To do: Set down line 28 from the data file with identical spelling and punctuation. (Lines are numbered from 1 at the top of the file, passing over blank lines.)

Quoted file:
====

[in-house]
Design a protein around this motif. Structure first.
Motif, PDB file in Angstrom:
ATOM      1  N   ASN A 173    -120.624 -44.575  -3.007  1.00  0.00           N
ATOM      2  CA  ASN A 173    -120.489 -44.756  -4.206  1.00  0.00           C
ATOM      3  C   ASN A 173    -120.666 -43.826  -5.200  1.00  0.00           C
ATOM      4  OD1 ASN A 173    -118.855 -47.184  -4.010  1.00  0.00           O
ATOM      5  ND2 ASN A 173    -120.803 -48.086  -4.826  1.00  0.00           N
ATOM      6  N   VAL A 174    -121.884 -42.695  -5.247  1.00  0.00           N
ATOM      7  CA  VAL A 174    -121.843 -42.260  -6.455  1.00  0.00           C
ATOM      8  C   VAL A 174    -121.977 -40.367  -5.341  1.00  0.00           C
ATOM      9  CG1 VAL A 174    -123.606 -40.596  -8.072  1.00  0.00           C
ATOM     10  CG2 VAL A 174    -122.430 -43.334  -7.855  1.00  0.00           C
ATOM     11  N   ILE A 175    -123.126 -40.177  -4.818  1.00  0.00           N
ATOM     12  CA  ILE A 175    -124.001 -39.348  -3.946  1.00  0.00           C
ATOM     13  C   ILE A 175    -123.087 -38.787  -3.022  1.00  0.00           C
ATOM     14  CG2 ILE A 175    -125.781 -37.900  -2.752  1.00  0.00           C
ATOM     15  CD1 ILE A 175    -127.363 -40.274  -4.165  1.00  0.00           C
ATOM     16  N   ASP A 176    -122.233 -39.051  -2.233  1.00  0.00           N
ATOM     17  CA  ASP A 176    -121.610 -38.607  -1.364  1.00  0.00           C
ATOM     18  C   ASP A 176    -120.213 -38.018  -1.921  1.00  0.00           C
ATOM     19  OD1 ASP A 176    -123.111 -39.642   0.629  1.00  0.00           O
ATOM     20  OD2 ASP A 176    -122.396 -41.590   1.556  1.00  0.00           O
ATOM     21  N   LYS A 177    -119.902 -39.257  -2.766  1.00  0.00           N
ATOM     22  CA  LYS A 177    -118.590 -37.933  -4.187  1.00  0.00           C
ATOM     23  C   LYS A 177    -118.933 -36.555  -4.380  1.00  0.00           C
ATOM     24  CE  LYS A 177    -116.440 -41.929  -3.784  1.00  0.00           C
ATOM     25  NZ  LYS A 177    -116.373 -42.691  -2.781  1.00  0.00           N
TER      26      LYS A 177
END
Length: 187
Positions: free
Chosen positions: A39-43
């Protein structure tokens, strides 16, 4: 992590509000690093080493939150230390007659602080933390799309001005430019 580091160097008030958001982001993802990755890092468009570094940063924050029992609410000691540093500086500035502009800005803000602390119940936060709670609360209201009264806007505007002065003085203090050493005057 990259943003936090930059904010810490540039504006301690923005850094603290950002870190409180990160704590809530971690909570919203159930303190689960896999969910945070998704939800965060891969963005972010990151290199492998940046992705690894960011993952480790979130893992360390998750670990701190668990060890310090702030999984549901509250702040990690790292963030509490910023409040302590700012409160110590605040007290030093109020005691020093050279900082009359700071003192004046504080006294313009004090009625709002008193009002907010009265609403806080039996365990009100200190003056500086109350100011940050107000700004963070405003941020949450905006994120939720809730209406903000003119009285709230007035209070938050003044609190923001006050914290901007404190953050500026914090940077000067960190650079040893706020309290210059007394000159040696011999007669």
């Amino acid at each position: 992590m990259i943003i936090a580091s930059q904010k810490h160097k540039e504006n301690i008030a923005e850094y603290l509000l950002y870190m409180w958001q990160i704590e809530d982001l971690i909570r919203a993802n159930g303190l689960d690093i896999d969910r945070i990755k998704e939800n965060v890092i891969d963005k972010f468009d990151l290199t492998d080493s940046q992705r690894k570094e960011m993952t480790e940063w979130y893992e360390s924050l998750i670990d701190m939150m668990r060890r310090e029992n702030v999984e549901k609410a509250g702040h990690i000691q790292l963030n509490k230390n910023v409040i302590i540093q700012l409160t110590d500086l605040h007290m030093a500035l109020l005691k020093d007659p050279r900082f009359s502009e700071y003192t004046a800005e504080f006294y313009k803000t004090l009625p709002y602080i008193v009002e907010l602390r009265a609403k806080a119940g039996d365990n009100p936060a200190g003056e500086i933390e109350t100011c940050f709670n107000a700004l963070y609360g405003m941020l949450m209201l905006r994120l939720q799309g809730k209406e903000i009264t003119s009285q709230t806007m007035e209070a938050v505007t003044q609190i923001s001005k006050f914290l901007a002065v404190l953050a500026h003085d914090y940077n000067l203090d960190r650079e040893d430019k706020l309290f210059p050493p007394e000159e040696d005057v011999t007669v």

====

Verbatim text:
ATOM     25  NZ  LYS A 177    -116.373 -42.691  -2.781  1.00  0.00           N